8 years ago

Volume 19 Issue 7 - April 2014

  • Text
  • April
  • Toronto
  • Jazz
  • Theatre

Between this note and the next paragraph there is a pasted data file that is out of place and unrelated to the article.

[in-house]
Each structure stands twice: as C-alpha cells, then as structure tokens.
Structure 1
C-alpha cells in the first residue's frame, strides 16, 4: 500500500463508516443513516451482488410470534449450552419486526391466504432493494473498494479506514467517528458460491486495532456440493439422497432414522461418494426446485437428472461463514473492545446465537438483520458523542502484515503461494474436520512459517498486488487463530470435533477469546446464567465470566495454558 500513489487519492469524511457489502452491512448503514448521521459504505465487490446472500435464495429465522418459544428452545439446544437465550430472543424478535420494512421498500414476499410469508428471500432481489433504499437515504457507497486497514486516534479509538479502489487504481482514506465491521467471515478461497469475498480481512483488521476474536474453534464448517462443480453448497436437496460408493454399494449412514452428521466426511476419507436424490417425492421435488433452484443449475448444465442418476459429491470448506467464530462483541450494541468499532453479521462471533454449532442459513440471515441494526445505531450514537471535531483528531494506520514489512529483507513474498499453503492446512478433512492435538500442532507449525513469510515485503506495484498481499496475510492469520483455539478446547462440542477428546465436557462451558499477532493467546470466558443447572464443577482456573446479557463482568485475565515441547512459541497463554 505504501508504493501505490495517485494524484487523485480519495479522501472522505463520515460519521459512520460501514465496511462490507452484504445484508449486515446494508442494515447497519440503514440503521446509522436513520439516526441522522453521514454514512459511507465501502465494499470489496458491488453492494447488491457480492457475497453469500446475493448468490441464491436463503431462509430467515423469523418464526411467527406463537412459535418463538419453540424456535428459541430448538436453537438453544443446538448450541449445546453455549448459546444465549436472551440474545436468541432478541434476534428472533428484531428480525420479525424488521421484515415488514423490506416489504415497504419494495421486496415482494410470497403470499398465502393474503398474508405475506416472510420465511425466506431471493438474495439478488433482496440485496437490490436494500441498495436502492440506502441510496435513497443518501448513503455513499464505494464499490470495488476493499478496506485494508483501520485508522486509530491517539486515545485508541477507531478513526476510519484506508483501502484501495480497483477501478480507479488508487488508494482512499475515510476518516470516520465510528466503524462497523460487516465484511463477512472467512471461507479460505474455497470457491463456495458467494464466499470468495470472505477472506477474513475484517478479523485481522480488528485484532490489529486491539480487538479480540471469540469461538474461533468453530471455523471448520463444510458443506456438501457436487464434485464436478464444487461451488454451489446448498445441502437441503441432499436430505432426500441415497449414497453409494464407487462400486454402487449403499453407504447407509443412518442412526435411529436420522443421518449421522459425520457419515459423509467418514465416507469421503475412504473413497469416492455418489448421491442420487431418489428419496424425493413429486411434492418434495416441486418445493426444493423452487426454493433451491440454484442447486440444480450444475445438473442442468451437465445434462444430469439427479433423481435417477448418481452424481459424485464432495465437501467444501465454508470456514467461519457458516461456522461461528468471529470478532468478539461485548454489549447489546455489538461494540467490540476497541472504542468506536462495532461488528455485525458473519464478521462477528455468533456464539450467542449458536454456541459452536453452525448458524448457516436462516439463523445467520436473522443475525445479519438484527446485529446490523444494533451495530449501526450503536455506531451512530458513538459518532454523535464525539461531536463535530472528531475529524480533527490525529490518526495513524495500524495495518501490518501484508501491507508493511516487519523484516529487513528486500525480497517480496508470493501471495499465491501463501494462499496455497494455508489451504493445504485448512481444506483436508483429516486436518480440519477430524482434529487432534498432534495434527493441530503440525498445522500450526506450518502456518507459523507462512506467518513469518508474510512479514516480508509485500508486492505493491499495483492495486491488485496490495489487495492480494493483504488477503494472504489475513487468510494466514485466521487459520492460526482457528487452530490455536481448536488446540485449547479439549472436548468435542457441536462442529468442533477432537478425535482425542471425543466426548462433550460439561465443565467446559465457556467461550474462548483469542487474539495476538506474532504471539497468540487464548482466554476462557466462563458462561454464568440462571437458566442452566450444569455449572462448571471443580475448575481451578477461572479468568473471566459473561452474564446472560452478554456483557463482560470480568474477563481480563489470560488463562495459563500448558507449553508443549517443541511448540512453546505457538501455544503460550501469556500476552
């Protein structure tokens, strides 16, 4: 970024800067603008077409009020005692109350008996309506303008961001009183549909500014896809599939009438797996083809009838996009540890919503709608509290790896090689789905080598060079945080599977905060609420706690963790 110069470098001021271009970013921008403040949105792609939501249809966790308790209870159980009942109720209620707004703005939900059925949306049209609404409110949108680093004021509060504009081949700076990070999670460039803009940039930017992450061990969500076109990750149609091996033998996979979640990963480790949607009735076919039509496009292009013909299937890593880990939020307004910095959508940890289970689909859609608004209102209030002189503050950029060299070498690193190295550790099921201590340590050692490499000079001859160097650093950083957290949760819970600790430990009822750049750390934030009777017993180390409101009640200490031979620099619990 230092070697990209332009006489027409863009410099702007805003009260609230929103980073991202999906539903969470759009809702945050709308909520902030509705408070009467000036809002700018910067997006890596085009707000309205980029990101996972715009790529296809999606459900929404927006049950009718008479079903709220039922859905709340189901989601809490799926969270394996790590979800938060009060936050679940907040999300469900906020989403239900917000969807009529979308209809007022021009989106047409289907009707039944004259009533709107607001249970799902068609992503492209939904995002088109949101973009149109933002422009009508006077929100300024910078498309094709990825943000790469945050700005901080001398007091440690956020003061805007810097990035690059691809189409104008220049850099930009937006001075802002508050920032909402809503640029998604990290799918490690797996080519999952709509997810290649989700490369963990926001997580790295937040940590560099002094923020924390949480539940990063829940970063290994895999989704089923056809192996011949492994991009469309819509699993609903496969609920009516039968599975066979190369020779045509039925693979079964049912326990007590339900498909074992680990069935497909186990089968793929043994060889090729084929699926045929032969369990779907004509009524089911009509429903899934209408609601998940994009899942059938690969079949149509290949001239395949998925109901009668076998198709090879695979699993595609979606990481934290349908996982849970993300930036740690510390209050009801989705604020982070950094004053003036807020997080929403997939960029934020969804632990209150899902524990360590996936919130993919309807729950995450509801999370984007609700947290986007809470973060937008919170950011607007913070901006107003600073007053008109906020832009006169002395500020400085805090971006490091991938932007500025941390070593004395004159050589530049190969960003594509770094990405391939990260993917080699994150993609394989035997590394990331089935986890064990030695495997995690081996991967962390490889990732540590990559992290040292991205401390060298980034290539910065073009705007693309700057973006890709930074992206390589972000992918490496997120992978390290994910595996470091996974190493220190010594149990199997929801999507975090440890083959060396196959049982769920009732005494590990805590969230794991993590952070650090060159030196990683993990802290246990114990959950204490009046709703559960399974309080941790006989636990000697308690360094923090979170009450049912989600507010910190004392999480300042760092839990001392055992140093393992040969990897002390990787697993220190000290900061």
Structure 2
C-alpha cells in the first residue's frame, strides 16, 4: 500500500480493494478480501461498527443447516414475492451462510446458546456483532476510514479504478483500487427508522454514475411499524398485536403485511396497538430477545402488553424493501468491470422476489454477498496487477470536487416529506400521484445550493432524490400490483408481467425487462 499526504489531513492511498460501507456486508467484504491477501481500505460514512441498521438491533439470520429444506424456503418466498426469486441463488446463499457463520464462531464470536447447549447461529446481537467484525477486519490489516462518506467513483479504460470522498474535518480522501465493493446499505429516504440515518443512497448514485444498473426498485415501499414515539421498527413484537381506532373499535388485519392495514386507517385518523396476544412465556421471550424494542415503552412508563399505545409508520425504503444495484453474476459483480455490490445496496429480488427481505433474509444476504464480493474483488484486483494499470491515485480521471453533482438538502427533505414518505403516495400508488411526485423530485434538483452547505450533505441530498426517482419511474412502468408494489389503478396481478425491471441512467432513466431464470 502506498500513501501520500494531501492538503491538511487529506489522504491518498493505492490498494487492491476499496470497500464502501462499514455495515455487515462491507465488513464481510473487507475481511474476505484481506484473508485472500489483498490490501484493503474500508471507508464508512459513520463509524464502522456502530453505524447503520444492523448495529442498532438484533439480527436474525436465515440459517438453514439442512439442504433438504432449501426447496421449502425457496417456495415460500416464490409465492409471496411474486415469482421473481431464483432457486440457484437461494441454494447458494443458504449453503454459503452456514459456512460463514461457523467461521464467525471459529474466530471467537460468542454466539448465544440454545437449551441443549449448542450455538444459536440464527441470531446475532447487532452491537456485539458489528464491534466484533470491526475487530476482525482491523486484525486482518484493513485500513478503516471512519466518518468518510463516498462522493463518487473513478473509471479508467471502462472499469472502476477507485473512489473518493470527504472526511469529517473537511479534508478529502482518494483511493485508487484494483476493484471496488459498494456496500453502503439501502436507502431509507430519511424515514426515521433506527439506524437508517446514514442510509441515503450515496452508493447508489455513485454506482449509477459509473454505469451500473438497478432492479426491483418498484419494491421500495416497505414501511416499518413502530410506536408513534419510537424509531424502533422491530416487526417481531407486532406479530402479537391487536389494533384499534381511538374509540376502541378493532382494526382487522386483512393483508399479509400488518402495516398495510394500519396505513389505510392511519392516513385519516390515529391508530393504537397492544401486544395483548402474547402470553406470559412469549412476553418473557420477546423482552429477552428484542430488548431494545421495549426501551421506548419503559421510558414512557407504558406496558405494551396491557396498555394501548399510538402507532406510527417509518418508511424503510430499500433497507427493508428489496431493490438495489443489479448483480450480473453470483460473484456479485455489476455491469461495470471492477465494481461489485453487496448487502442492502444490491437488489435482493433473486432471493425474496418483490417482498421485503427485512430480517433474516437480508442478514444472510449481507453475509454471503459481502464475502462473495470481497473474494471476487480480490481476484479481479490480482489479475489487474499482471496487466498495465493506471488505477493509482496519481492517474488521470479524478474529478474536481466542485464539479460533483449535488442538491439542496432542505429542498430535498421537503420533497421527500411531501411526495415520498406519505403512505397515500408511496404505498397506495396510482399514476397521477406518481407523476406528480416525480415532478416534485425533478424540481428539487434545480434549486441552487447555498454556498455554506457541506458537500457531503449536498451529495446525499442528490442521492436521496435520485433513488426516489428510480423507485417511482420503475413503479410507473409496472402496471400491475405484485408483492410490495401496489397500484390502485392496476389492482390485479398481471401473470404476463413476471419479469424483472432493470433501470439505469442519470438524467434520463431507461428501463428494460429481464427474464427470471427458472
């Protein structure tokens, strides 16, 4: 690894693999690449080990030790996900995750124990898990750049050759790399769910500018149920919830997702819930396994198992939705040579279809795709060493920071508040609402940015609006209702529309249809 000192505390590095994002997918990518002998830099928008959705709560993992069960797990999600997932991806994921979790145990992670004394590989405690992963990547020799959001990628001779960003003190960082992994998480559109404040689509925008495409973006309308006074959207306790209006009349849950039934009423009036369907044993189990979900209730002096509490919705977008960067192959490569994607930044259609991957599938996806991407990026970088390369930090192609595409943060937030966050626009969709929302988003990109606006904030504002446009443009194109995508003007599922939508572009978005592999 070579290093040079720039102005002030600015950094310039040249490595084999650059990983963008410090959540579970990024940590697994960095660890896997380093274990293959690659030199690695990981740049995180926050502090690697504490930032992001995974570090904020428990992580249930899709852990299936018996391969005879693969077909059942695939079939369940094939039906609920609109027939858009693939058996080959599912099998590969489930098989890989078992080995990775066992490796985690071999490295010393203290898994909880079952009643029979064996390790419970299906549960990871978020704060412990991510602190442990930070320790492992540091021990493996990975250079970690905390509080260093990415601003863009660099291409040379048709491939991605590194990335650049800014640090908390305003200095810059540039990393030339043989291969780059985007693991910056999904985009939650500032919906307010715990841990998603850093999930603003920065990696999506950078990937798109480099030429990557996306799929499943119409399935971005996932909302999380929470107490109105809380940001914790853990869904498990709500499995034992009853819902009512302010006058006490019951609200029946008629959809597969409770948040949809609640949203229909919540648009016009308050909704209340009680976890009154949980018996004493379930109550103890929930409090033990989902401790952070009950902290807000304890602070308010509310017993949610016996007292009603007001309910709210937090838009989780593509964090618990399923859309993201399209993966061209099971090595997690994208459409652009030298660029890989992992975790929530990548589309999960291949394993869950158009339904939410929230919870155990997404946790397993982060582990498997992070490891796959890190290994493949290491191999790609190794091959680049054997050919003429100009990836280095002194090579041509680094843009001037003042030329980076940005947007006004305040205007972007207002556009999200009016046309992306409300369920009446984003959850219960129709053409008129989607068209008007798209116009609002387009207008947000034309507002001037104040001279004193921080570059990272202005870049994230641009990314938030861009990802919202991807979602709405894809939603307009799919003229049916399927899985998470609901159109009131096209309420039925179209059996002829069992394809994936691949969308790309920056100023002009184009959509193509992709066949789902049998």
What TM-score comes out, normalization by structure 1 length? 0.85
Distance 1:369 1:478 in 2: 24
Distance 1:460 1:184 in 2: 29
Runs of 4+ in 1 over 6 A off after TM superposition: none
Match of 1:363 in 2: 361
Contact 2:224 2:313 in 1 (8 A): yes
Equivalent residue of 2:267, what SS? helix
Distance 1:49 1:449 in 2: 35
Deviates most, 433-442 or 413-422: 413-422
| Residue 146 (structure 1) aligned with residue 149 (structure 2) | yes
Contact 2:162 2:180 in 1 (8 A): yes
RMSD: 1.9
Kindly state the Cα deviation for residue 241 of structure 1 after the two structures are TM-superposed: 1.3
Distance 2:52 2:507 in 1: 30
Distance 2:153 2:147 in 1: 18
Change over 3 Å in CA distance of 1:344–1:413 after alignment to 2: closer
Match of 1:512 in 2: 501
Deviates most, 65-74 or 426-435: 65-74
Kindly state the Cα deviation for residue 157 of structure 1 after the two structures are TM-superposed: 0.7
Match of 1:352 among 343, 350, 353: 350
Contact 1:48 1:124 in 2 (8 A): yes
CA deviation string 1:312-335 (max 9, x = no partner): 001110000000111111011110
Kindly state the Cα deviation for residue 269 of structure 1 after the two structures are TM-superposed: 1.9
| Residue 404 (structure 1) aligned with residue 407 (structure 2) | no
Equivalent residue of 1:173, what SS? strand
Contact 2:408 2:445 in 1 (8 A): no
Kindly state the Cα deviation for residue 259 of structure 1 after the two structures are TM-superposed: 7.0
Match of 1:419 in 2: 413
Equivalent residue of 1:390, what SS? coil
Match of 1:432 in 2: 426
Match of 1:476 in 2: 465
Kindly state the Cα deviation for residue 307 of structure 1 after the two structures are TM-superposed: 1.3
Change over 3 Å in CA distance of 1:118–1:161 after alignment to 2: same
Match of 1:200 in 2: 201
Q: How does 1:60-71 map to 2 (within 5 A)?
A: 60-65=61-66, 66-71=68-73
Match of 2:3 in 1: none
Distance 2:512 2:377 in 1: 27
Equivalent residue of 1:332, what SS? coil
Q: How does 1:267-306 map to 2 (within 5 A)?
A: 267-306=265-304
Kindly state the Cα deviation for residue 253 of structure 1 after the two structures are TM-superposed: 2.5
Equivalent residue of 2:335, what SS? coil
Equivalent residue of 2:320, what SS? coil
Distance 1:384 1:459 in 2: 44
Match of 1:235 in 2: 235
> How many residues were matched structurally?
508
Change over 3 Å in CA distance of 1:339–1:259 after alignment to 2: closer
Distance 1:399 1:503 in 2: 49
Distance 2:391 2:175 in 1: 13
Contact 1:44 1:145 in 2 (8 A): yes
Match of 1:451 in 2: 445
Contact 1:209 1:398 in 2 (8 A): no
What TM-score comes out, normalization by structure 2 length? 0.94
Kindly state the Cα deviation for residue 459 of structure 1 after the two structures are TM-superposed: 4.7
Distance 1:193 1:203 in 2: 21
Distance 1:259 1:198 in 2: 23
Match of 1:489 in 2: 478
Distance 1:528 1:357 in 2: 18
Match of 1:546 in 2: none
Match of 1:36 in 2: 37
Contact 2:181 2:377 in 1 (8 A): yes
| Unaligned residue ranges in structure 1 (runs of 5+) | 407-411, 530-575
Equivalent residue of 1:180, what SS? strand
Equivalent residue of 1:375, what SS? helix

• Arts
  • Choir
  • Musical
  • Symphony
  • Ossington
  • Bloor

In Canada several of